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Nat Med. 2019 Jun;25(6):988-1000. doi: 10.1038/s41591-019-0440-4. Epub 2019 May 13.

Aged blood impairs hippocampal neural precursor activity and activates microglia via brain endothelial cell VCAM1.

Author information

1
Department of Neurology and Neurological Sciences, Stanford University School of Medicine, Stanford, CA, USA.
2
VA Palo Alto Health Care System, Palo Alto, CA, USA.
3
Department of Pathology, Stanford University School of Medicine, Stanford, CA, USA.
4
Palo Alto Veterans Institute for Research, Palo Alto, CA, USA.
5
Departments of Bioengineering and Applied Physics, Stanford University, Stanford, CA, USA.
6
Stanford Center for Genomics and Personalized Medicine, Stanford University School of Medicine, Stanford, CA, USA.
7
Section of Pneumology, Department of Oncology, Hematology and Stem Cell Transplantation, University Medical Center Hamburg-Eppendorf, Hamburg, Germany.
8
Institute of Experimental and Clinical Pharmacology and Toxicology, University of Lubeck, Lubeck, Germany.
9
Wu Tsai Neurosciences Institute, Stanford University, Stanford, CA, USA.
10
Chan Zuckerberg Biohub, Stanford, CA, USA.
11
Department of Neurology and Neurological Sciences, Stanford University School of Medicine, Stanford, CA, USA. twc@stanford.edu.
12
VA Palo Alto Health Care System, Palo Alto, CA, USA. twc@stanford.edu.
13
Palo Alto Veterans Institute for Research, Palo Alto, CA, USA. twc@stanford.edu.
14
Wu Tsai Neurosciences Institute, Stanford University, Stanford, CA, USA. twc@stanford.edu.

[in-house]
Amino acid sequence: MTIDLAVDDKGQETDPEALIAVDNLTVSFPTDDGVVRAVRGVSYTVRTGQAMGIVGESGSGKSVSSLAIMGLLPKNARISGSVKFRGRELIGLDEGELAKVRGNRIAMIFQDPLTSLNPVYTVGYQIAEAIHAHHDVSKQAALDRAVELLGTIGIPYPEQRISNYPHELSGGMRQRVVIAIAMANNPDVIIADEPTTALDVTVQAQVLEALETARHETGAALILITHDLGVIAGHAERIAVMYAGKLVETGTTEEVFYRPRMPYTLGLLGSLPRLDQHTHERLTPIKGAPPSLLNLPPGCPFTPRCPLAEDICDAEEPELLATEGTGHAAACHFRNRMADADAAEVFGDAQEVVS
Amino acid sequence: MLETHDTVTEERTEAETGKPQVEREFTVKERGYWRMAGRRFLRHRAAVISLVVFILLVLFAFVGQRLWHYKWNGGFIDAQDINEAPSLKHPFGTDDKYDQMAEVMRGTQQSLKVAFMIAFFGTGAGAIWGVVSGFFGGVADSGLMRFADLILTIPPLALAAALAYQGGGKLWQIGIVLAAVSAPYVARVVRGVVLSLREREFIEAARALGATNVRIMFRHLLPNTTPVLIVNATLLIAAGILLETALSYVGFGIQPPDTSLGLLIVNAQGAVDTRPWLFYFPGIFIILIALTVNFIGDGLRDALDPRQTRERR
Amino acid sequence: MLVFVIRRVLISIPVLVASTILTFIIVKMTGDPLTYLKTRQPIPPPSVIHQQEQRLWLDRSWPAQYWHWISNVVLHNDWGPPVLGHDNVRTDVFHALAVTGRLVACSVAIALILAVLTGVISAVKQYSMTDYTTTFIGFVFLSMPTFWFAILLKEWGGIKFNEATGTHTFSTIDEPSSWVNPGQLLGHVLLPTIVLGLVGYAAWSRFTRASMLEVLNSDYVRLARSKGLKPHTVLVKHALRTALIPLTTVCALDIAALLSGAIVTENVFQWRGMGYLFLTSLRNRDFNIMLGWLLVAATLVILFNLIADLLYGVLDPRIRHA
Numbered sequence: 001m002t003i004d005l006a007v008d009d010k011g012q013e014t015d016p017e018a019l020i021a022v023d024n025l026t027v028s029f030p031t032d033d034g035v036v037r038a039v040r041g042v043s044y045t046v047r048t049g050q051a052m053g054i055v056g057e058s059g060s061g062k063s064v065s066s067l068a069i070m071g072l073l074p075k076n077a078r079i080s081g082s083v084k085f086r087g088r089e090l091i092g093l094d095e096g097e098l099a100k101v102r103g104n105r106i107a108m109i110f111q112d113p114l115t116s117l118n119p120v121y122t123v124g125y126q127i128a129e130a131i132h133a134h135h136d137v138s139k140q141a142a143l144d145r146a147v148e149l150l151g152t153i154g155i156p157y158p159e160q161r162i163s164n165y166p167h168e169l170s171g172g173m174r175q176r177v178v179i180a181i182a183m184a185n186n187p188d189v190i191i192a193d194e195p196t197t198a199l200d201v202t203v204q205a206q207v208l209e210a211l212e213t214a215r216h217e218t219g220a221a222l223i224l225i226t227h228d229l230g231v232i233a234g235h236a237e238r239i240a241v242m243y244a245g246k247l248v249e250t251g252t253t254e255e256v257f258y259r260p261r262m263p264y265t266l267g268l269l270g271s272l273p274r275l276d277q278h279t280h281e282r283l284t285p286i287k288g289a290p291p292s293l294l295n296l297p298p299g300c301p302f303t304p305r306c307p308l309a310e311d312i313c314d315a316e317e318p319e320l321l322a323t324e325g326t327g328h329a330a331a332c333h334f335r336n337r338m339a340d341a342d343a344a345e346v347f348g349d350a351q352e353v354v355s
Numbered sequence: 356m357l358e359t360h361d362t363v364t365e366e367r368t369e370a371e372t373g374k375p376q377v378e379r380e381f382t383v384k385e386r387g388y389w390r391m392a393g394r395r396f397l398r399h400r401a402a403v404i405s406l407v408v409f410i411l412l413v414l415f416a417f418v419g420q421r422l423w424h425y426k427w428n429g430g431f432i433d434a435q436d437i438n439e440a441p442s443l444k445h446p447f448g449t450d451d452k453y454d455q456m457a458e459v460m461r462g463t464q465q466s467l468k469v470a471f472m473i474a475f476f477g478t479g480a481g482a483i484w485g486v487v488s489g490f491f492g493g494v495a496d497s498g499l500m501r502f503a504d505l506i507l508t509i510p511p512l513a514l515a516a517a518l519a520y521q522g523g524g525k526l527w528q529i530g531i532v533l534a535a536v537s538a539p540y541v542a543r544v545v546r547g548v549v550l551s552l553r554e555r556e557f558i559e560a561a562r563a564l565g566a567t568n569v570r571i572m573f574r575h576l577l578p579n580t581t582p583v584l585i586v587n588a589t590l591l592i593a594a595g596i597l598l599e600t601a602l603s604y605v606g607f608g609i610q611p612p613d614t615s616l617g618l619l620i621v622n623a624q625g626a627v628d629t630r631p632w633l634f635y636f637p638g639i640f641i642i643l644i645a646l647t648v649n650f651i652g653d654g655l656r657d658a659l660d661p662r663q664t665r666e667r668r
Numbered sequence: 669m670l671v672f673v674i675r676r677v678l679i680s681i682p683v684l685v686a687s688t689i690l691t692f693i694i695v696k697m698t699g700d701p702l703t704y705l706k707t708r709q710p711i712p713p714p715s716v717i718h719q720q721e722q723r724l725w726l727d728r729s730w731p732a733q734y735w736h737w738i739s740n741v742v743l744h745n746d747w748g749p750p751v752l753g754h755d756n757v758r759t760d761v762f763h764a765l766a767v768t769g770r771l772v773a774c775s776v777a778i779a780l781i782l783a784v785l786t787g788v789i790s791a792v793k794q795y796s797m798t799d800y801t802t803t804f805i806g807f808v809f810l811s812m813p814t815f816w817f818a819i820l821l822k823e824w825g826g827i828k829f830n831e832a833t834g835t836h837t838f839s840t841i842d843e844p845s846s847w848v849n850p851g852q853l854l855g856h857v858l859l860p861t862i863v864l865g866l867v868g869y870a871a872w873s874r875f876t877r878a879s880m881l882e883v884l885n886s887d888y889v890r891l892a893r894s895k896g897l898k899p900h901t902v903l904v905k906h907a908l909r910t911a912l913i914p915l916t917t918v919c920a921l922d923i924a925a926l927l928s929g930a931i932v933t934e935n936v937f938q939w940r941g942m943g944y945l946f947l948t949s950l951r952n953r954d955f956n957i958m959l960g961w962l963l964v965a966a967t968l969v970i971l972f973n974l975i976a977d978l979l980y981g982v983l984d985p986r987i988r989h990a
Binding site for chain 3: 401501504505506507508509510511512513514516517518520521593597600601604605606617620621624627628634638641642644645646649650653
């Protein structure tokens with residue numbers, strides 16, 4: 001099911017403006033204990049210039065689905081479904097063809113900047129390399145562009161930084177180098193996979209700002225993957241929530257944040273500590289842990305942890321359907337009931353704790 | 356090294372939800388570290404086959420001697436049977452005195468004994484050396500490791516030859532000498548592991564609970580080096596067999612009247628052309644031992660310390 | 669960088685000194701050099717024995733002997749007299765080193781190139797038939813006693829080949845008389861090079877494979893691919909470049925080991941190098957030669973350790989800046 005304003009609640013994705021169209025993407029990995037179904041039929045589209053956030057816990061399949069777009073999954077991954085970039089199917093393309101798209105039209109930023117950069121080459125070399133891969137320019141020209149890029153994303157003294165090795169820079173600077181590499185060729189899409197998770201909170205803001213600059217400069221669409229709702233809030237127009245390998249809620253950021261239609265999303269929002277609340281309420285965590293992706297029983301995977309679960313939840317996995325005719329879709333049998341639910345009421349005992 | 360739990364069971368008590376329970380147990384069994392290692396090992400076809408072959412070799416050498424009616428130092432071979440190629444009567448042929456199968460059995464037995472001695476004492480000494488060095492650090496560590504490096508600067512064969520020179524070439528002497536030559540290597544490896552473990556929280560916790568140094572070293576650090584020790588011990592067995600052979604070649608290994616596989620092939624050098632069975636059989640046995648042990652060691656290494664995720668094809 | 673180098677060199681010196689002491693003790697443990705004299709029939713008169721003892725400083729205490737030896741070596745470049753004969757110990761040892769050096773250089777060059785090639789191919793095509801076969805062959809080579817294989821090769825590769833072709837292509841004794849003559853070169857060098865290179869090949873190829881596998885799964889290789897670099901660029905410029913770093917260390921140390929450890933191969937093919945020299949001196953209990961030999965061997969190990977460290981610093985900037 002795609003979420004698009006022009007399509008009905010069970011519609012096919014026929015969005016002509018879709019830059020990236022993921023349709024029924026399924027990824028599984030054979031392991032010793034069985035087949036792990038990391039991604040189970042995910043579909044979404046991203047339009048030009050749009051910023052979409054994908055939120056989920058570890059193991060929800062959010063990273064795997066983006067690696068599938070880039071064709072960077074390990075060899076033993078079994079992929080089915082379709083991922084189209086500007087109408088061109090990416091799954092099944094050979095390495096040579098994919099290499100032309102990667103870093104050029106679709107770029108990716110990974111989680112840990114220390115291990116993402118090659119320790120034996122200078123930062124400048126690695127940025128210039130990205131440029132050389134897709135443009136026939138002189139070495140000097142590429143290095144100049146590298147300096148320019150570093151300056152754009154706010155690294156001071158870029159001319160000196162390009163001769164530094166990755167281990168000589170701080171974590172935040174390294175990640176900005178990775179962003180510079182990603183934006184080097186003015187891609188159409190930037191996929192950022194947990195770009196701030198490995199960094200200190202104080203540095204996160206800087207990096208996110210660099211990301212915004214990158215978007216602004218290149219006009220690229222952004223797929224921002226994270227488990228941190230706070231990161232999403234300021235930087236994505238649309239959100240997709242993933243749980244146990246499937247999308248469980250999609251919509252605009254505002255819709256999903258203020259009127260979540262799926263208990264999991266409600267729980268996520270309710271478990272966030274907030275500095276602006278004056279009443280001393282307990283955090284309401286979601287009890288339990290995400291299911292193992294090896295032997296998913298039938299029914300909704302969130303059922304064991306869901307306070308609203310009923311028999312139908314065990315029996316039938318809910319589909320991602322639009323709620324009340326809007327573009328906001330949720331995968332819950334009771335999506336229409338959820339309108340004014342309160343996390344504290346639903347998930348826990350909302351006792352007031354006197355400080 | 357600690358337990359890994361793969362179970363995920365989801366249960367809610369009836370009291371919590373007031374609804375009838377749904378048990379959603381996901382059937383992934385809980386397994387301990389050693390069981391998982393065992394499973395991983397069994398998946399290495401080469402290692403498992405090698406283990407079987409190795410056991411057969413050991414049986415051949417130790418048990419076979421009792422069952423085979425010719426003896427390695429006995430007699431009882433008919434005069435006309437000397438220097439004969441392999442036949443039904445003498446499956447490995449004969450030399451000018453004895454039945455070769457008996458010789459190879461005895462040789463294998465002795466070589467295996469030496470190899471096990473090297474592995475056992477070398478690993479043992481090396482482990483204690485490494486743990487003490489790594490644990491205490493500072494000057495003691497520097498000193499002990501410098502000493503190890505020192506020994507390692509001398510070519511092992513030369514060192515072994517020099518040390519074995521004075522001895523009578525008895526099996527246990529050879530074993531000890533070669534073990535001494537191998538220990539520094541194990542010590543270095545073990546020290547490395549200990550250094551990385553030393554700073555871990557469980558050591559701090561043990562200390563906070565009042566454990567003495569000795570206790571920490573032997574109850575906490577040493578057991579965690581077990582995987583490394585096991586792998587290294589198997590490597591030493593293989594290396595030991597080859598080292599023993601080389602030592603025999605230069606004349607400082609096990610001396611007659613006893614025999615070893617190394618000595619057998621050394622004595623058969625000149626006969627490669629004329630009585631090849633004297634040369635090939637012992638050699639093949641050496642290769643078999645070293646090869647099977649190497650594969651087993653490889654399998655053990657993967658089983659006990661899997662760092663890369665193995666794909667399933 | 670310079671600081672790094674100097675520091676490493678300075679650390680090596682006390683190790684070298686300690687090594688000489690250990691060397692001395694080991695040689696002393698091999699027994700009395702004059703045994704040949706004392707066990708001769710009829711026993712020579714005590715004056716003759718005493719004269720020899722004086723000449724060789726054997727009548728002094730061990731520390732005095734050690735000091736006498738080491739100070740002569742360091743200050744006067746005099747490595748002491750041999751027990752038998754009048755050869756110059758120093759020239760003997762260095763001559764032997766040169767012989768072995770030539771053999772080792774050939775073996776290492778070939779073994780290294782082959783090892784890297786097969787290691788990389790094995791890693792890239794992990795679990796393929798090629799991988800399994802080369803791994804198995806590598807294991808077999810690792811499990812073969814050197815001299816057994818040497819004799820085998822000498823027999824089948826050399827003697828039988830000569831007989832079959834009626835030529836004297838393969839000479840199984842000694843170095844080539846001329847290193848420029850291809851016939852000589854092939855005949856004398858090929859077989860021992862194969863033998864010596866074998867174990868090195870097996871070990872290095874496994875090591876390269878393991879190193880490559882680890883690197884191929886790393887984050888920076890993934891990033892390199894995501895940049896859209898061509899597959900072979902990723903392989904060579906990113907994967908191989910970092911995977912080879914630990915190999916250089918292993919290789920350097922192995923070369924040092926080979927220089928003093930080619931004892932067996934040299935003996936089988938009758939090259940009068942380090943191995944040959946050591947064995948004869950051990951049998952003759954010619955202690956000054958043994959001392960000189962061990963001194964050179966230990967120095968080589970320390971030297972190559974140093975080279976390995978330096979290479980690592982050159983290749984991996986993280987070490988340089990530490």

Abstract

An aged circulatory environment can activate microglia, reduce neural precursor cell activity and impair cognition in mice. We hypothesized that brain endothelial cells (BECs) mediate at least some of these effects. We observe that BECs in the aged mouse hippocampus express an inflammatory transcriptional profile with focal upregulation of vascular cell adhesion molecule 1 (VCAM1), a protein that facilitates vascular-immune cell interactions. Concomitantly, levels of the shed, soluble form of VCAM1 are prominently increased in the plasma of aged humans and mice, and their plasma is sufficient to increase VCAM1 expression in cultured BECs and the hippocampi of young mice. Systemic administration of anti-VCAM1 antibody or genetic ablation of Vcam1 in BECs counteracts the detrimental effects of plasma from aged individuals on young brains and reverses aging aspects, including microglial reactivity and cognitive deficits, in the brains of aged mice. Together, these findings establish brain endothelial VCAM1 at the blood-brain barrier as a possible target to treat age-related neurodegeneration.

PMID:
31086348
PMCID:
PMC6642642
DOI:
10.1038/s41591-019-0440-4
[Indexed for MEDLINE]
Free PMC Article

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